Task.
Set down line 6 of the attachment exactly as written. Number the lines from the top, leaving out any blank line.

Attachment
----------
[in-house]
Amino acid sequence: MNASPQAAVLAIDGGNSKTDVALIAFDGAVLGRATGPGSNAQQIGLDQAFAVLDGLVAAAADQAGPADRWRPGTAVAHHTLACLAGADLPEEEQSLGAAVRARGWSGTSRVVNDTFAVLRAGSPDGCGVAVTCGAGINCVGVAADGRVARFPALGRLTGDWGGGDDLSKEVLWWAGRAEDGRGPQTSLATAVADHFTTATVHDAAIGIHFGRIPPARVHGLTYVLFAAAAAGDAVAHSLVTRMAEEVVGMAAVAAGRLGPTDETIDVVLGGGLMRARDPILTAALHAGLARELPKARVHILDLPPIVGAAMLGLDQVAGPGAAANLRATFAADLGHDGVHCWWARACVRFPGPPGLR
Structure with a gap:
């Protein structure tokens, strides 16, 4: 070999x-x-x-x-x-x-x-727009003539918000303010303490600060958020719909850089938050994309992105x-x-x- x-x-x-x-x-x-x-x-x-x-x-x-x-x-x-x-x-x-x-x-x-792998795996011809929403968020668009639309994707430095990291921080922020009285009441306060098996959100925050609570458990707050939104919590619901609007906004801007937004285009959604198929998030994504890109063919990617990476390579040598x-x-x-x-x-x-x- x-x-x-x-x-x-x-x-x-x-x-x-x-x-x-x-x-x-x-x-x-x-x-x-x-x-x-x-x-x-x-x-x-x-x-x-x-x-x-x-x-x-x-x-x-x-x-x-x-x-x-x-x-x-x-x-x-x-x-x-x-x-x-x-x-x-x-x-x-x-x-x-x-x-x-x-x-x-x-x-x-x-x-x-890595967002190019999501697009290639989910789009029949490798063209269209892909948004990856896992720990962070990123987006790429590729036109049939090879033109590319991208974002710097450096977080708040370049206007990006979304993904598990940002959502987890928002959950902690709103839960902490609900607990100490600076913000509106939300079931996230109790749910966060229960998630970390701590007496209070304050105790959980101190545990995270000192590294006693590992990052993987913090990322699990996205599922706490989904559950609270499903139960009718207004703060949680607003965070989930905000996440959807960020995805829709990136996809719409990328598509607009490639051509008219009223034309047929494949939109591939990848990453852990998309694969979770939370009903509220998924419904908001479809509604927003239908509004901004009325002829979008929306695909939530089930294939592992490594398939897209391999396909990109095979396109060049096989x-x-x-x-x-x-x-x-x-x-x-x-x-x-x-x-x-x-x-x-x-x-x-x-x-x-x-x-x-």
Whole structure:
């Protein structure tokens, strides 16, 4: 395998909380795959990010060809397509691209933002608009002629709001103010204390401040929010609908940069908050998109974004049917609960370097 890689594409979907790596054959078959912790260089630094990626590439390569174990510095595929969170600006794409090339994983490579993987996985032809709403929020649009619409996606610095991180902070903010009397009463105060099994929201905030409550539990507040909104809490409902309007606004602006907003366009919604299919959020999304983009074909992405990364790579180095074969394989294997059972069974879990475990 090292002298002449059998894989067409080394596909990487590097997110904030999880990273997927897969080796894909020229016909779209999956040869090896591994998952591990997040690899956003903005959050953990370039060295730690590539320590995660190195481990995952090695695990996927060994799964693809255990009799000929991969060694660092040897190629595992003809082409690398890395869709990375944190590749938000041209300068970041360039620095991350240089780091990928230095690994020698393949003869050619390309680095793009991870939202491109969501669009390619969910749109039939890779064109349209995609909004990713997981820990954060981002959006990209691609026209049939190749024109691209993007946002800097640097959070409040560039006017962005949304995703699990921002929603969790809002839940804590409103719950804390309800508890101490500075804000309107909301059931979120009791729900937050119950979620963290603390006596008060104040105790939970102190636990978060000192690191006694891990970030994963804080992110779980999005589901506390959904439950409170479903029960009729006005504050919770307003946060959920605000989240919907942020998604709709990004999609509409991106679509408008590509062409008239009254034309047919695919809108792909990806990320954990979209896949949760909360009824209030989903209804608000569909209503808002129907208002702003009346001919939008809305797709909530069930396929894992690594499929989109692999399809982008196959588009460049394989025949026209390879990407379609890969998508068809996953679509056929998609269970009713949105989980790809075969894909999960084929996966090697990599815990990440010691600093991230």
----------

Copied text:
């Protein structure tokens, strides 16, 4: 395998909380795959990010060809397509691209933002608009002629709001103010204390401040929010609908940069908050998109974004049917609960370097 890689594409979907790596054959078959912790260089630094990626590439390569174990510095595929969170600006794409090339994983490579993987996985032809709403929020649009619409996606610095991180902070903010009397009463105060099994929201905030409550539990507040909104809490409902309007606004602006907003366009919604299919959020999304983009074909992405990364790579180095074969394989294997059972069974879990475990 090292002298002449059998894989067409080394596909990487590097997110904030999880990273997927897969080796894909020229016909779209999956040869090896591994998952591990997040690899956003903005959050953990370039060295730690590539320590995660190195481990995952090695695990996927060994799964693809255990009799000929991969060694660092040897190629595992003809082409690398890395869709990375944190590749938000041209300068970041360039620095991350240089780091990928230095690994020698393949003869050619390309680095793009991870939202491109969501669009390619969910749109039939890779064109349209995609909004990713997981820990954060981002959006990209691609026209049939190749024109691209993007946002800097640097959070409040560039006017962005949304995703699990921002929603969790809002839940804590409103719950804390309800508890101490500075804000309107909301059931979120009791729900937050119950979620963290603390006596008060104040105790939970102190636990978060000192690191006694891990970030994963804080992110779980999005589901506390959904439950409170479903029960009729006005504050919770307003946060959920605000989240919907942020998604709709990004999609509409991106679509408008590509062409008239009254034309047919695919809108792909990806990320954990979209896949949760909360009824209030989903209804608000569909209503808002129907208002702003009346001919939008809305797709909530069930396929894992690594499929989109692999399809982008196959588009460049394989025949026209390879990407379609890969998508068809996953679509056929998609269970009713949105989980790809075969894909999960084929996966090697990599815990990440010691600093991230």